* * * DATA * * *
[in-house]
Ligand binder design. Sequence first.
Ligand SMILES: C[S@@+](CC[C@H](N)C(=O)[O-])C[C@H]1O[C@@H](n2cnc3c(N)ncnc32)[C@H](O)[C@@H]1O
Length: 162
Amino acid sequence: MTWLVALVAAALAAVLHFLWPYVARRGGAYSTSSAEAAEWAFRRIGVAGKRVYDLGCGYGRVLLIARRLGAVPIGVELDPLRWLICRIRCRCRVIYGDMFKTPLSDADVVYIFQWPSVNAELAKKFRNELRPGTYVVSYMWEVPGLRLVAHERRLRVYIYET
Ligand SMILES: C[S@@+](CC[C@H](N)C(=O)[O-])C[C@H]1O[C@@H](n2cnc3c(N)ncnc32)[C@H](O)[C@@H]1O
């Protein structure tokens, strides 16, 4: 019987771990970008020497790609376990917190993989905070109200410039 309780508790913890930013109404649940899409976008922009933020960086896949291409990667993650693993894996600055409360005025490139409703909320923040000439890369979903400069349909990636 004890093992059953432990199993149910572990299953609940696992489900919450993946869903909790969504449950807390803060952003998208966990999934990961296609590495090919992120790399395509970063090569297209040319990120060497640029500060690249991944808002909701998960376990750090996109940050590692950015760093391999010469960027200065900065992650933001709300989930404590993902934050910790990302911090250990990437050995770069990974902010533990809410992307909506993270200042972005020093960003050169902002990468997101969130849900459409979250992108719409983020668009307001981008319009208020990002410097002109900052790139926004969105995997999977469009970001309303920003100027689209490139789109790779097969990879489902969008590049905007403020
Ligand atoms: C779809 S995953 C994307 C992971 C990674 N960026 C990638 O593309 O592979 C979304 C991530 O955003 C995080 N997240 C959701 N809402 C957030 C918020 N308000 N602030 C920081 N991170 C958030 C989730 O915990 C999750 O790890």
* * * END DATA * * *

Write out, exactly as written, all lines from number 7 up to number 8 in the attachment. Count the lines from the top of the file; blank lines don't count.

């Protein structure tokens, strides 16, 4: 019987771990970008020497790609376990917190993989905070109200410039 309780508790913890930013109404649940899409976008922009933020960086896949291409990667993650693993894996600055409360005025490139409703909320923040000439890369979903400069349909990636 004890093992059953432990199993149910572990299953609940696992489900919450993946869903909790969504449950807390803060952003998208966990999934990961296609590495090919992120790399395509970063090569297209040319990120060497640029500060690249991944808002909701998960376990750090996109940050590692950015760093391999010469960027200065900065992650933001709300989930404590993902934050910790990302911090250990990437050995770069990974902010533990809410992307909506993270200042972005020093960003050169902002990468997101969130849900459409979250992108719409983020668009307001981008319009208020990002410097002109900052790139926004969105995997999977469009970001309303920003100027689209490139789109790779097969990879489902969008590049905007403020
Ligand atoms: C779809 S995953 C994307 C992971 C990674 N960026 C990638 O593309 O592979 C979304 C991530 O955003 C995080 N997240 C959701 N809402 C957030 C918020 N308000 N602030 C920081 N991170 C958030 C989730 O915990 C999750 O790890």